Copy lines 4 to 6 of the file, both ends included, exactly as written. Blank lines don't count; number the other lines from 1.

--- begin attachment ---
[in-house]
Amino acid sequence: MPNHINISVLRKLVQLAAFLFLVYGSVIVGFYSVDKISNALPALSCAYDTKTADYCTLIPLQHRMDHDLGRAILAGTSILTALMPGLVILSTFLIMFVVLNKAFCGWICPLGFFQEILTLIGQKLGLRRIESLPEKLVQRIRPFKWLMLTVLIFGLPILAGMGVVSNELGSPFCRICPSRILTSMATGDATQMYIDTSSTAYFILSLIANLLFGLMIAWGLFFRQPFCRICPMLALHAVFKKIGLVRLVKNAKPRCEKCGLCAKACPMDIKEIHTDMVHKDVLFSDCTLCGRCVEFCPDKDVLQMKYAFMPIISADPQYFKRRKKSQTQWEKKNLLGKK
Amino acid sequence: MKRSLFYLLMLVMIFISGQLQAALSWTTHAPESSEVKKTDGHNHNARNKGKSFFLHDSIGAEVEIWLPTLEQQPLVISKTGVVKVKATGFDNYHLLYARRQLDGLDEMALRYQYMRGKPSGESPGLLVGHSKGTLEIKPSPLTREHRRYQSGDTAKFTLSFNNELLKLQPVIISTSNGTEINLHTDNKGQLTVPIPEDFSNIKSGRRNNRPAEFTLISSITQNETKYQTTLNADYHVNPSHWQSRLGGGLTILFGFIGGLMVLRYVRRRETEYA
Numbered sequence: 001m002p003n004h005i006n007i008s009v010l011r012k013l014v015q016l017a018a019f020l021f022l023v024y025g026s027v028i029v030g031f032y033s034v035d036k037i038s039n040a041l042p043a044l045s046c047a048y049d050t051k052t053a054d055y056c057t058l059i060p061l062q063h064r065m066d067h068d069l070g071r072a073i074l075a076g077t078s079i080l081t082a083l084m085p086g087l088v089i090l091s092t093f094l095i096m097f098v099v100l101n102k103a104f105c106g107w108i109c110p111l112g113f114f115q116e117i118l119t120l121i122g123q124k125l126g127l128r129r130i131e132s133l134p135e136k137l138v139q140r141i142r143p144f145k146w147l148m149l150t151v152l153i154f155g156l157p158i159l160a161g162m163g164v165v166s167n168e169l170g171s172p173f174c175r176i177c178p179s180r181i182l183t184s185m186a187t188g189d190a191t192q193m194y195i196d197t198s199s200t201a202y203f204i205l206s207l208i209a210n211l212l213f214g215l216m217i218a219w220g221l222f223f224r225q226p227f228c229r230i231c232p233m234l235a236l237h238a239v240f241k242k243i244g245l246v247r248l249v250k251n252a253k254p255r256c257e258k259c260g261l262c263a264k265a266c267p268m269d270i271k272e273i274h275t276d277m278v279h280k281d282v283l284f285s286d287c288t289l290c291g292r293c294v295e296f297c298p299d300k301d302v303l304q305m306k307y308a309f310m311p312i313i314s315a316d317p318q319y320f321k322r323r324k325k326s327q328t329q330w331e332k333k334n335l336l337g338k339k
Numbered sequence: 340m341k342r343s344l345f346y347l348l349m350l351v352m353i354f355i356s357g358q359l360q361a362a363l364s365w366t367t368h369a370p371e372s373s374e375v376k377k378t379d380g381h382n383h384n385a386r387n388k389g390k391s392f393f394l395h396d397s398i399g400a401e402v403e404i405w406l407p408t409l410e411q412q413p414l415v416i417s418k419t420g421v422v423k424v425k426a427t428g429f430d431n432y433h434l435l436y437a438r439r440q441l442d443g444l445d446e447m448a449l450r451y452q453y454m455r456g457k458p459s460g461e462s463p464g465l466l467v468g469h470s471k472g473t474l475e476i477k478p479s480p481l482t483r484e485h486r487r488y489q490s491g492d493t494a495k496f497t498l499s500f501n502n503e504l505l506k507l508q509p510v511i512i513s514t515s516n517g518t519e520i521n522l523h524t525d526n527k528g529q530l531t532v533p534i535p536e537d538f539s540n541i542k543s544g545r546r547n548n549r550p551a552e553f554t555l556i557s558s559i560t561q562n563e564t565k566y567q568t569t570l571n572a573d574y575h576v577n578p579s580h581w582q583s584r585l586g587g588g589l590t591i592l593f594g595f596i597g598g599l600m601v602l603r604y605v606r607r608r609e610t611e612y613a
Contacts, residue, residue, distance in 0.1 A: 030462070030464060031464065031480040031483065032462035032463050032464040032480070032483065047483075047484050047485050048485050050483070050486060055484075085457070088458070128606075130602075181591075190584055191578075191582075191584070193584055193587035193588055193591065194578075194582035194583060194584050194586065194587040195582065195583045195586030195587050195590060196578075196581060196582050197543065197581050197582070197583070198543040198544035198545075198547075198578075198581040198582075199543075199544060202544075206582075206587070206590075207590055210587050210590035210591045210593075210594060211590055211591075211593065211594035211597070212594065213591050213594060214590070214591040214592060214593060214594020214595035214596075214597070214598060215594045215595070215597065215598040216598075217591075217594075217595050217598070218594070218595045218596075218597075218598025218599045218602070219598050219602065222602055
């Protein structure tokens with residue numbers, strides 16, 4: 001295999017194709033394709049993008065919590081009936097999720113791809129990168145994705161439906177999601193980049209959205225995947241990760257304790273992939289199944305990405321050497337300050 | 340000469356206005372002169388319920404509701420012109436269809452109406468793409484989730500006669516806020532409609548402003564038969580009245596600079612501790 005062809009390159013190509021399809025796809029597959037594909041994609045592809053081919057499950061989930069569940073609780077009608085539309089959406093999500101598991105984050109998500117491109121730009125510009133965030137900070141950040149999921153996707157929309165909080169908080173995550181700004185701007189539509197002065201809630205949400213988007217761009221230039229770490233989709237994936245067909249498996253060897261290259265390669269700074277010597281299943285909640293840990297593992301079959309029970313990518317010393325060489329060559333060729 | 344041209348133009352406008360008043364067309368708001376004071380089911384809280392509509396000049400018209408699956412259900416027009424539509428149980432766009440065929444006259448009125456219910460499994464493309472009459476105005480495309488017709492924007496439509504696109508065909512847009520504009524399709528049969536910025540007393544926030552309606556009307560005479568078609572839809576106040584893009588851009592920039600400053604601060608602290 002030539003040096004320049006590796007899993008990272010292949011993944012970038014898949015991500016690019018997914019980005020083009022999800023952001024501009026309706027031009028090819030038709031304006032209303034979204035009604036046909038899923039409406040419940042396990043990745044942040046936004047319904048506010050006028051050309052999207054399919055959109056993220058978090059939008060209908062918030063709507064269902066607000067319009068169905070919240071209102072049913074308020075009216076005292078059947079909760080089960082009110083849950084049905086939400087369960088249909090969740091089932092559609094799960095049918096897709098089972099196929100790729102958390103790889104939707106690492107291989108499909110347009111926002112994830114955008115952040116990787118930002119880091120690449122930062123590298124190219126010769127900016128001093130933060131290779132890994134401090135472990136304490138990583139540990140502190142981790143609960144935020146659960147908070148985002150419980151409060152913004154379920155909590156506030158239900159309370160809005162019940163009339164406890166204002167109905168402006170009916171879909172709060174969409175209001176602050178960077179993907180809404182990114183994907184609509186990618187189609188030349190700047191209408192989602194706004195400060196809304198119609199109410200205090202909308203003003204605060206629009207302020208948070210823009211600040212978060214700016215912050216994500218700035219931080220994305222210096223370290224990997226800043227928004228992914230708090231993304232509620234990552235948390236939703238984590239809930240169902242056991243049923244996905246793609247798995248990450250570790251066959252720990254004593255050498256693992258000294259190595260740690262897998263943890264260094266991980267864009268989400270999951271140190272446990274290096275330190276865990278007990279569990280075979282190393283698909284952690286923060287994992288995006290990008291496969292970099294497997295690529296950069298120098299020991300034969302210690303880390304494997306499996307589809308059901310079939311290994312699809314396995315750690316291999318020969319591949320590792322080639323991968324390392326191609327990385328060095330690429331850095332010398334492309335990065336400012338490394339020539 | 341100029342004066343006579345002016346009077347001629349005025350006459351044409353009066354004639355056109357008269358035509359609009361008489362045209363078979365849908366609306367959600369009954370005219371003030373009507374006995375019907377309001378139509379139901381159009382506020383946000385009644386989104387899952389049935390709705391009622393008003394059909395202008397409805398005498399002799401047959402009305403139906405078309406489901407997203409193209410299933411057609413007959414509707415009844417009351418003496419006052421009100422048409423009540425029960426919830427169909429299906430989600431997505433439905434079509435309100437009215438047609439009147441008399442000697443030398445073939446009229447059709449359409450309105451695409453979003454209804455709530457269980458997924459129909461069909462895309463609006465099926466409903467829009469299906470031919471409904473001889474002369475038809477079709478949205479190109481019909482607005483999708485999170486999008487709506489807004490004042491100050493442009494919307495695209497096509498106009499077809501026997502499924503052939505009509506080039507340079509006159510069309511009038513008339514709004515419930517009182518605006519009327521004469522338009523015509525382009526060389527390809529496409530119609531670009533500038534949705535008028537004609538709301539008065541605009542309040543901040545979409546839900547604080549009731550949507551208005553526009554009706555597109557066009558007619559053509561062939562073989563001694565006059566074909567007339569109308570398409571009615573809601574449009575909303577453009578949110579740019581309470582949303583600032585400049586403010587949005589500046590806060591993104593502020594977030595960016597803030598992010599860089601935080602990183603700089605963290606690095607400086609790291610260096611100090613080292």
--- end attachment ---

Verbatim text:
Numbered sequence: 001m002p003n004h005i006n007i008s009v010l011r012k013l014v015q016l017a018a019f020l021f022l023v024y025g026s027v028i029v030g031f032y033s034v035d036k037i038s039n040a041l042p043a044l045s046c047a048y049d050t051k052t053a054d055y056c057t058l059i060p061l062q063h064r065m066d067h068d069l070g071r072a073i074l075a076g077t078s079i080l081t082a083l084m085p086g087l088v089i090l091s092t093f094l095i096m097f098v099v100l101n102k103a104f105c106g107w108i109c110p111l112g113f114f115q116e117i118l119t120l121i122g123q124k125l126g127l128r129r130i131e132s133l134p135e136k137l138v139q140r141i142r143p144f145k146w147l148m149l150t151v152l153i154f155g156l157p158i159l160a161g162m163g164v165v166s167n168e169l170g171s172p173f174c175r176i177c178p179s180r181i182l183t184s185m186a187t188g189d190a191t192q193m194y195i196d197t198s199s200t201a202y203f204i205l206s207l208i209a210n211l212l213f214g215l216m217i218a219w220g221l222f223f224r225q226p227f228c229r230i231c232p233m234l235a236l237h238a239v240f241k242k243i244g245l246v247r248l249v250k251n252a253k254p255r256c257e258k259c260g261l262c263a264k265a266c267p268m269d270i271k272e273i274h275t276d277m278v279h280k281d282v283l284f285s286d287c288t289l290c291g292r293c294v295e296f297c298p299d300k301d302v303l304q305m306k307y308a309f310m311p312i313i314s315a316d317p318q319y320f321k322r323r324k325k326s327q328t329q330w331e332k333k334n335l336l337g338k339k
Numbered sequence: 340m341k342r343s344l345f346y347l348l349m350l351v352m353i354f355i356s357g358q359l360q361a362a363l364s365w366t367t368h369a370p371e372s373s374e375v376k377k378t379d380g381h382n383h384n385a386r387n388k389g390k391s392f393f394l395h396d397s398i399g400a401e402v403e404i405w406l407p408t409l410e411q412q413p414l415v416i417s418k419t420g421v422v423k424v425k426a427t428g429f430d431n432y433h434l435l436y437a438r439r440q441l442d443g444l445d446e447m448a449l450r451y452q453y454m455r456g457k458p459s460g461e462s463p464g465l466l467v468g469h470s471k472g473t474l475e476i477k478p479s480p481l482t483r484e485h486r487r488y489q490s491g492d493t494a495k496f497t498l499s500f501n502n503e504l505l506k507l508q509p510v511i512i513s514t515s516n517g518t519e520i521n522l523h524t525d526n527k528g529q530l531t532v533p534i535p536e537d538f539s540n541i542k543s544g545r546r547n548n549r550p551a552e553f554t555l556i557s558s559i560t561q562n563e564t565k566y567q568t569t570l571n572a573d574y575h576v577n578p579s580h581w582q583s584r585l586g587g588g589l590t591i592l593f594g595f596i597g598g599l600m601v602l603r604y605v606r607r608r609e610t611e612y613a
Contacts, residue, residue, distance in 0.1 A: 030462070030464060031464065031480040031483065032462035032463050032464040032480070032483065047483075047484050047485050048485050050483070050486060055484075085457070088458070128606075130602075181591075190584055191578075191582075191584070193584055193587035193588055193591065194578075194582035194583060194584050194586065194587040195582065195583045195586030195587050195590060196578075196581060196582050197543065197581050197582070197583070198543040198544035198545075198547075198578075198581040198582075199543075199544060202544075206582075206587070206590075207590055210587050210590035210591045210593075210594060211590055211591075211593065211594035211597070212594065213591050213594060214590070214591040214592060214593060214594020214595035214596075214597070214598060215594045215595070215597065215598040216598075217591075217594075217595050217598070218594070218595045218596075218597075218598025218599045218602070219598050219602065222602055